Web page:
The Department of Foreign Affairs said they will no longer issue Authentication Certificates for documents issued by the Philippine government that will be submitted to or have originated from 150 countries starting Tuesday, May 14  This is made possible because the Philippines signed the Hague Apostille Convention, an international law that entitles the Philippine to simplify procedures in the use of public documents abroad or from abroad here in the Philippines.      Ads    The Department of Foreign Affairs said they will no longer issue Authentication Certificates for documents issued by the Philippine government that will be submitted to or have originated from 150 countries starting Tuesday, May 14  This is made possible because the Philippines signed the Hague Apostille Convention, an international law that entitles the Philippine to simplify procedures in the use of public documents abroad or from abroad here in the Philippines.  Filipinos used to undergo a lengthy process of authenticating public documents like birth certificates, marriage certificates, death certificates, university diplomas, and professional licensure certificates required for employment or immigration.    The DFA advisory reads: PUBLIC ADVISORY: APOSTILLE CONVENTION ON AUTHENTICATION OF DOCUMENTS TAKES EFFECT IN PH ON 14 MAY 2019 Public Advisory: Apostille Convention on Authentication of Documents Takes Effect in PH on 14 May 2019  07 May 2019 — The Department of Foreign Affairs (DFA)—Office of Consular Affairs wishes to inform the public that it will no longer issue Authentication Certificates from 14 May 2019. Instead, the DFA will affix an Apostille to documents for use abroad as proof of authentication for use in Apostille-contracting parties.  After authentication by the DFA, there is no more need for authentication (legalization) by the concerned Foreign Embassies or Consulates General if the country or territory of destination of the authenticated document is already a member of the Apostille Convention.  Public documents executed in Apostille-contracting countries and territories (except for Austria, Finland, Germany, and Greece) to be used in the Philippines no longer have to be authenticated by the Philippine Embassy or Consulate General once Apostillized.  However, in countries and territories which are not Apostille-contracting parties, the previous process of authentication applies.  Documents still have to be authenticated by the Philippine Embassy or Consulate General before they can be used in the Philippines.  Also, there is still a need for authentication (legalization) by the concerned Foreign Embassies or Consulates General if the country of destination of the authenticated document is not yet a member of the Apostille Convention.  Authentication fees will remain at PhP100 (regular processing) and PhP200 (expedited processing) per document.   For the updated list of Apostille-contracting parties, please visit this link.   Ads  The following countries no longer require authentication of documents.   Contracting Party S 1 R/A/S2 Type3 EIF4 EXT5 Auth6 Res/D/N/DC7 Albania  3-IX-2003 A 9-V-2004  1  Andorra  15-IV-1996 A 31-XII-1996  1  Antigua and Barbuda  1-V-1985 Su 1-XI-1981  1  Argentina  8-V-1987 A 18-II-1988  1 D Armenia  19-XI-1993 A 14-VIII-1994  1  Australia  11-VII-1994 A 16-III-1995  1 D Austria 5-X-1961 14-XI-1967 R 13-I-1968  1 D Azerbaijan  13-V-2004 A** 2-III-2005  1  Bahamas  30-IV-1976 Su 10-VII-1973  1  Bahrain  10-IV-2013 A 31-XII-2013  1 D Barbados  11-VIII-1995 Su 30-XI-1966  1  Belarus  16-VI-1992 Su 31-V-1992  1  Belgium 10-III-1970 11-XII-1975 R 9-II-1976  1  Belize  17-VII-1992 A 11-IV-1993  1  Bolivia  6-IX-2017 A 7-V-2018  1  Bosnia and Herzegovina  23-VIII-1993 Su 6-III-1992  1 D Botswana  16-IX-1968 Su 30-IX-1966  1  Brazil  2-XII-2015 A 14-VIII-2016  1 D Brunei Darussalam  23-II-1987 A 3-XII-1987  1  Bulgaria  1-VIII-2000 A 29-IV-2001  1  Burundi  10-VI-2014 A** 13-II-2015  1  Cabo Verde  7-V-2009 A 13-II-2010  1  Chile  16-XII-2015 A 30-VIII-2016  1  China, People's Republic of   C   2 D,N Colombia  27-IV-2000 A 30-I-2001  1 D Cook Islands  13-VII-2004 A 30-IV-2005  1  Costa Rica  6-IV-2011 A 14-XII-2011  1  Croatia  23-IV-1993 Su 8-X-1991  1  Cyprus  26-VII-1972 A 30-IV-1973  1  Czech Republic  23-VI-1998 A 16-III-1999  1  Denmark 20-X-2006 30-X-2006 R 29-XII-2006  1 D Dominica  22-X-2002 Su 3-XI-1978  1  Dominican Republic  12-XII-2008 A** 30-VIII-2009  1  Ecuador  2-VII-2004 A 2-IV-2005  1 D El Salvador  14-IX-1995 A 31-V-1996  1  Estonia  11-XII-2000 A 30-IX-2001  1 D Eswatini (formerly Swaziland)  3-VII-1978 Su 6-IX-1968  1  Fiji  29-III-1971 Su 10-X-1970  1  Finland 13-III-1962 27-VI-1985 R 26-VIII-1985  1 D France 9-X-1961 25-XI-1964 R 24-I-1965  1 D Georgia  21-VIII-2006 A 14-V-2007  1 D Germany 5-X-1961 15-XII-1965 R 13-II-1966  1 D,N Greece 5-X-1961 19-III-1985 R 18-V-1985  1  Grenada  17-VII-2001 A 7-IV-2002  1  Guatemala  19-I-2017 A 18-IX-2017  1 D Guyana  30-VII-2018 A 18-IV-2019  1  Honduras  20-I-2004 A 30-IX-2004  1  Hungary  18-IV-1972 A 18-I-1973  1 D Iceland 7-IX-2004 28-IX-2004 R 27-XI-2004  1  India  26-X-2004 A** 14-VII-2005  1  Ireland 29-X-1996 8-I-1999 R 9-III-1999  1  Israel  11-XI-1977 A 14-VIII-1978  1  Italy 15-XII-1961 13-XII-1977 R 11-II-1978  1  Japan 12-III-1970 28-V-1970 R 27-VII-1970  1  Kazakhstan  5-IV-2000 A 30-I-2001  1 D Korea, Republic of  25-X-2006 A 14-VII-2007  1  Kosovo  6-XI-2015 A** 14-VII-2016  1 D,DC Kyrgyzstan  15-XI-2010 A** 31-VII-2011  1  Latvia  11-V-1995 A 30-I-1996  1 D Lesotho  24-IV-1972 Su 4-X-1966  1  Liberia  24-V-1995 A** 8-II-1996  1  Liechtenstein 18-IV-1962 19-VII-1972 R 17-IX-1972  1  Lithuania  5-XI-1996 A 19-VII-1997  1  Luxembourg 5-X-1961 4-IV-1979 R 3-VI-1979  1  Malawi  24-II-1967 A 2-XII-1967  1  Malta  12-VI-1967 A 3-III-1968  1  Marshall Islands  18-XI-1991 A 14-VIII-1992  1  Mauritius  20-XII-1968 Su 12-III-1968  1  Mexico  1-XII-1994 A 14-VIII-1995  1  Monaco  24-IV-2002 A 31-XII-2002  1  Mongolia  2-IV-2009 A** 31-XII-2009  1  Montenegro  30-I-2007 Su 3-VI-2006  1  Morocco  27-XI-2015 A** 14-VIII-2016  1  Namibia  25-IV-2000 A 30-I-2001  1  Netherlands 30-XI-1962 9-VIII-1965 R 8-X-1965 4 1 D New Zealand  7-II-2001 A 22-XI-2001  1 D Nicaragua  7-IX-2012 A 14-V-2013  1  Niue  10-VI-1998 A 2-III-1999  1  Norway 30-V-1983 30-V-1983 R 29-VII-1983  1  Oman  12-V-2011 A 30-I-2012  1  Panama  30-X-1990 A 4-VIII-1991  1  Paraguay  10-XII-2013 A** 30-VIII-2014  1  Peru  13-I-2010 A** 30-IX-2010  1  Philippines  12-IX-2018 A** 14-V-2019  1 D Poland  19-XI-2004 A 14-VIII-2005  1  Portugal 20-VIII-1965 6-XII-1968 R 4-II-1969  1 D Republic of Moldova  19-VI-2006 A** 16-III-2007  1  Republic of North Macedonia  20-IX-1993 Su 17-XI-1991  1  Romania  7-VI-2000 A 16-III-2001  1 D Russian Federation  4-IX-1991 Su 31-V-1992  1 D,N Saint Kitts and Nevis  26-II-1994 A 14-XII-1994  1  Saint Lucia  5-XII-2001 A 31-VII-2002  1  Saint Vincent and the Grenadines  2-V-2002 Su 27-X-1979  1  Samoa  18-I-1999 A 13-IX-1999  1  San Marino  26-V-1994 A 13-II-1995  1  Sao Tome and Principe  19-XII-2007 A 13-IX-2008  1  Serbia  26-IV-2001 Su 27-IV-1992  1 D Seychelles  9-VI-1978 A 31-III-1979  1  Slovakia  6-VI-2001 A 18-II-2002  1  Slovenia  8-VI-1992 Su 25-VI-1991  1  South Africa  3-VIII-1994 A 30-IV-1995  1  Spain 21-X-1976 27-VII-1978 R 25-IX-1978  1 D Suriname  29-X-1976 Su 25-XI-1975  1  Sweden 2-III-1999 2-III-1999 R 1-V-1999  1  Switzerland 5-X-1961 10-I-1973 R 11-III-1973  1 D Tajikistan  20-II-2015 A** 31-X-2015  1  Tonga  28-X-1971 Su 4-VI-1970  1 D Trinidad and Tobago  28-X-1999 A 14-VII-2000  1  Tunisia  10-VII-2017 A** 30-III-2018  1  Turkey 8-V-1962 31-VII-1985 R 29-IX-1985  1  Ukraine  2-IV-2003 A 22-XII-2003  1 D United Kingdom of Great Britain and Northern Ireland 19-X-1961 21-VIII-1964 R 24-I-1965 13 1 D United States of America  24-XII-1980 A 15-X-1981  1 D Uruguay  9-II-2012 A 14-X-2012  1  Uzbekistan  25-VII-2011 A** 15-IV-2012  1  Vanuatu  1-VIII-2008 Su 30-VII-1980  1  Venezuela  Sponsored Links    For those in the Philippines, the usual process is that after getting an original or certified true copy, they need to apply the document for authentication or popularly known as the “red ribbon” at the DFA, and then submit it to the concerned foreign embassy or consulate where they are going to. For Filipinos outside the country, a public document issued by the foreign government needs authentication by the foreign ministry and then by the Philippine embassy or nearest consulate.  Starting May 14, this two-step authentication process is now cut to one step only — with the DFA only affix an Apostille to document being submitted. It also applies to Filipinos in countries which signed the Apostille Convention  Top destination countries for OFWs which are also members of the Apostille Convention include the United States,  However, for Filipinos in countries which are not members of the Apostille Convention like the UAE, red ribbons and foreign embassy authentication are still required.  Authentication fees will remain at P100 for regular processing and P200 for expedited processing per document.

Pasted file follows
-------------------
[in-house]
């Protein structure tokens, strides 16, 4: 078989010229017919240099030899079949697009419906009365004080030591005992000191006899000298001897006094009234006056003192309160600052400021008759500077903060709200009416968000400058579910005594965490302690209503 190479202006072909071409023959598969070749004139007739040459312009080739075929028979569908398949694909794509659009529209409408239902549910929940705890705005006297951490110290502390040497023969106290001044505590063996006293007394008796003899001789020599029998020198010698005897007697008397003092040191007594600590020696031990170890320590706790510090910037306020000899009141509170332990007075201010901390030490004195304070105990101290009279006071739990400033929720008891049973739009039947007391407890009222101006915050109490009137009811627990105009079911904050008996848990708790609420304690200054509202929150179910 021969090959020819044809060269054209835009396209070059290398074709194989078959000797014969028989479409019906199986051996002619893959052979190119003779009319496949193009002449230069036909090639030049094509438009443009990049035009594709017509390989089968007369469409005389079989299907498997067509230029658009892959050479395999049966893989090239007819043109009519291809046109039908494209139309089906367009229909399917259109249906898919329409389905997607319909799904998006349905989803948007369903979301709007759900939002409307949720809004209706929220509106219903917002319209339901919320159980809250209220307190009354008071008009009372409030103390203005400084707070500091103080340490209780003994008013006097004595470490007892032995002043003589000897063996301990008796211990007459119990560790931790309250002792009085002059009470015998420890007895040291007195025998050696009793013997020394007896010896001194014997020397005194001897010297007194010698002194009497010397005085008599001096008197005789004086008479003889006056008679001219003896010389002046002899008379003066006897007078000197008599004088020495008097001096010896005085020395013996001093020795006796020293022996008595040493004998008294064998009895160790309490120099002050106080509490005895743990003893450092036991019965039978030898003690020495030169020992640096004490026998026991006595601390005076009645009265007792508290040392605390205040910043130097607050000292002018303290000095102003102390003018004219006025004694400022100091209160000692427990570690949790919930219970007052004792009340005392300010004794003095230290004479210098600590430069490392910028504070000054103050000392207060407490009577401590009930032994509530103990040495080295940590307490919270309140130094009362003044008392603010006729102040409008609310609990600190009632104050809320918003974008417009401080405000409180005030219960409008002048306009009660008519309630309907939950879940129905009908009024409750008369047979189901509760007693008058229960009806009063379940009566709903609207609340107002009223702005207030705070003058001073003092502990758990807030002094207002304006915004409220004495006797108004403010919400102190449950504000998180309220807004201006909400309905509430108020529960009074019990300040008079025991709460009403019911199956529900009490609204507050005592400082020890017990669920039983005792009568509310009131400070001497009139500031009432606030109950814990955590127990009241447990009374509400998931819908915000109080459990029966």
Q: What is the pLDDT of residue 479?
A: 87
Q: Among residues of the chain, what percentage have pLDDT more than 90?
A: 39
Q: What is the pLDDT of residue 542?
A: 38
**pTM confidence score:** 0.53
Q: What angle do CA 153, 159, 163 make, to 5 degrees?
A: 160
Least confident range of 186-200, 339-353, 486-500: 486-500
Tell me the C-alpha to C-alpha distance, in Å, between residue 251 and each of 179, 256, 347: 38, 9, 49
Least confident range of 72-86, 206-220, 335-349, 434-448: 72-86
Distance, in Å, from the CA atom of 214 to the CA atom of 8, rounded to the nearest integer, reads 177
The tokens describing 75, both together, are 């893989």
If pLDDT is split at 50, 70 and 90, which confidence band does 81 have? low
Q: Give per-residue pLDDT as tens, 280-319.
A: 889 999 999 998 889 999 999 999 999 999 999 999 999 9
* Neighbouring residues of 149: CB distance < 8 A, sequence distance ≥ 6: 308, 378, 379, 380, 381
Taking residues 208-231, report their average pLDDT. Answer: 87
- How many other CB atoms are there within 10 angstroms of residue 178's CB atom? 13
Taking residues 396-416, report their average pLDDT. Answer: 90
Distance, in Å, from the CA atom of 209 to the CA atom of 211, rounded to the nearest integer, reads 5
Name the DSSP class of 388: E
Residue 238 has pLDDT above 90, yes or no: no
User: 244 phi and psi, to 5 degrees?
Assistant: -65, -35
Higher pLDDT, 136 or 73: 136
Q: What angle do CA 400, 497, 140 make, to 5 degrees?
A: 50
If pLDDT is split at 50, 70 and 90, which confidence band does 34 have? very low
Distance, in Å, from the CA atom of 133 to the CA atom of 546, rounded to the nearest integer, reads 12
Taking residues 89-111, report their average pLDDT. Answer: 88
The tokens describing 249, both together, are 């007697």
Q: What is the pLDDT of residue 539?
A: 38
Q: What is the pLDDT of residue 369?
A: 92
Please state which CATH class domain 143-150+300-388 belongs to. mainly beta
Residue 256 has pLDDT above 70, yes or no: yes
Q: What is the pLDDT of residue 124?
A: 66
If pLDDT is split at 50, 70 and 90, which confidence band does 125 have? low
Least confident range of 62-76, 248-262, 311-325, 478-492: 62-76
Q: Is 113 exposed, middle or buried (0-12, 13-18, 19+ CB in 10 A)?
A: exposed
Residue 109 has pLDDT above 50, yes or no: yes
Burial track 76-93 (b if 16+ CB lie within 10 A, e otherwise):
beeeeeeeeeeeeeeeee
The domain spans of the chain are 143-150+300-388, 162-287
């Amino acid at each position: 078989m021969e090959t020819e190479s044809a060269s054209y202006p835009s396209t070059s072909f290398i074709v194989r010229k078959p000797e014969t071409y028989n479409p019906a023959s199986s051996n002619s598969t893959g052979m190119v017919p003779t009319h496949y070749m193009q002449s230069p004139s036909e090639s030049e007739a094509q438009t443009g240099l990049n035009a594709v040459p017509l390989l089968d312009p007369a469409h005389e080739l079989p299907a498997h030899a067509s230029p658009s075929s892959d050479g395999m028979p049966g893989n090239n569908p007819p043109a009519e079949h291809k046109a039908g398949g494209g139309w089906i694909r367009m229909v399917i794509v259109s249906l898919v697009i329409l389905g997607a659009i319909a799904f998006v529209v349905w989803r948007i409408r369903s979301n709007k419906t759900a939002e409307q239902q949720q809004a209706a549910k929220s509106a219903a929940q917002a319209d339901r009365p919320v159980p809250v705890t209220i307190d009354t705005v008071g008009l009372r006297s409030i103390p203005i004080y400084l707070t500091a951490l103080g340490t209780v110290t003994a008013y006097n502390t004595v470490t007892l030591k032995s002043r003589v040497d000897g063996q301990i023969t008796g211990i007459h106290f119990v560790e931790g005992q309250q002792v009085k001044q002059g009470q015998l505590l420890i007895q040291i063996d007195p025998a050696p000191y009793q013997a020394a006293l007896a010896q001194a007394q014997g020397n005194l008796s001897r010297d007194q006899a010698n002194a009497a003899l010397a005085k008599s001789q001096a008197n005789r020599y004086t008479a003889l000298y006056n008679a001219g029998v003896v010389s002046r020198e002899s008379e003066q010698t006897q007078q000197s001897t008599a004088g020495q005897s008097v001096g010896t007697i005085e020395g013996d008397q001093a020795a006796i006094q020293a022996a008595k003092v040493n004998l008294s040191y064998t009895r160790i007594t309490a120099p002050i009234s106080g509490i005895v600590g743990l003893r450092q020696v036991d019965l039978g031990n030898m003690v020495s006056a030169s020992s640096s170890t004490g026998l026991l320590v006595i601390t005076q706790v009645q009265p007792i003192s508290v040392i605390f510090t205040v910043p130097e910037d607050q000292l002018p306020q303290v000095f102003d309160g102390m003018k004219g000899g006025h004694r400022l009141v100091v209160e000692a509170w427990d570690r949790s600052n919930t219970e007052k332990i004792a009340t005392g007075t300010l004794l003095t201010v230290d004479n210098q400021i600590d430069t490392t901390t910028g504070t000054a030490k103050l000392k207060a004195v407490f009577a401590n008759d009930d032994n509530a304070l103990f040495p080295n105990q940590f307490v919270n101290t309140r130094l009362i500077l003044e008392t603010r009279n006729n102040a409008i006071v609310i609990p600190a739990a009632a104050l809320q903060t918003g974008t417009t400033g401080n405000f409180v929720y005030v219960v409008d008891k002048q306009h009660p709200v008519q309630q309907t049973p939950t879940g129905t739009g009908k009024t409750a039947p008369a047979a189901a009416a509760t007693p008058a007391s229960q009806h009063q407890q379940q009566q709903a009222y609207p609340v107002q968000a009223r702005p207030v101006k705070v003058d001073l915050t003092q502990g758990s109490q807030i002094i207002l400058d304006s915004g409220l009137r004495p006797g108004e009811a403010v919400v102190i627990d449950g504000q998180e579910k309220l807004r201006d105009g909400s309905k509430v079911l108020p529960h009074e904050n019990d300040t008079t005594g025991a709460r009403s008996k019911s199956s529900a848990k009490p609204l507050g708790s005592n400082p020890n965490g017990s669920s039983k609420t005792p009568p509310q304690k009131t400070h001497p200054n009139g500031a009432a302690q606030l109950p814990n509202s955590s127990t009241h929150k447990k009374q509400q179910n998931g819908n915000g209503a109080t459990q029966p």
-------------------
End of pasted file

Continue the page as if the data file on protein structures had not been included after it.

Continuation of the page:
Ads